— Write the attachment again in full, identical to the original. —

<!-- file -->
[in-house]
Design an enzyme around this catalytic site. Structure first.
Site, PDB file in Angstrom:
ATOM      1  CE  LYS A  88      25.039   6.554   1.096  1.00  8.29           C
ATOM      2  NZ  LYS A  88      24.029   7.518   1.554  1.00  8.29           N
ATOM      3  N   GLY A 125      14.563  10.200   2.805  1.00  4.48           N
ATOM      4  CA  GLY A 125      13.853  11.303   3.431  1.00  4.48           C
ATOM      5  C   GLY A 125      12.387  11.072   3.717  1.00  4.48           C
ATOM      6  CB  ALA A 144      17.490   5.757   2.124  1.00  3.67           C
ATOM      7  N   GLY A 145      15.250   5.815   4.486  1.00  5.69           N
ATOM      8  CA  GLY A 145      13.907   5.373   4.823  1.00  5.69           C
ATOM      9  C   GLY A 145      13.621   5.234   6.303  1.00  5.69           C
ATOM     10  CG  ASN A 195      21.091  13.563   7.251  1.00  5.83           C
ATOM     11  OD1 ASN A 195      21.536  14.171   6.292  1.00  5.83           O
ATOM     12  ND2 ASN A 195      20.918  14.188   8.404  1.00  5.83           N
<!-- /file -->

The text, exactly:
[in-house]
Design an enzyme around this catalytic site. Structure first.
Site, PDB file in Angstrom:
ATOM      1  CE  LYS A  88      25.039   6.554   1.096  1.00  8.29           C
ATOM      2  NZ  LYS A  88      24.029   7.518   1.554  1.00  8.29           N
ATOM      3  N   GLY A 125      14.563  10.200   2.805  1.00  4.48           N
ATOM      4  CA  GLY A 125      13.853  11.303   3.431  1.00  4.48           C
ATOM      5  C   GLY A 125      12.387  11.072   3.717  1.00  4.48           C
ATOM      6  CB  ALA A 144      17.490   5.757   2.124  1.00  3.67           C
ATOM      7  N   GLY A 145      15.250   5.815   4.486  1.00  5.69           N
ATOM      8  CA  GLY A 145      13.907   5.373   4.823  1.00  5.69           C
ATOM      9  C   GLY A 145      13.621   5.234   6.303  1.00  5.69           C
ATOM     10  CG  ASN A 195      21.091  13.563   7.251  1.00  5.83           C
ATOM     11  OD1 ASN A 195      21.536  14.171   6.292  1.00  5.83           O
ATOM     12  ND2 ASN A 195      20.918  14.188   8.404  1.00  5.83           N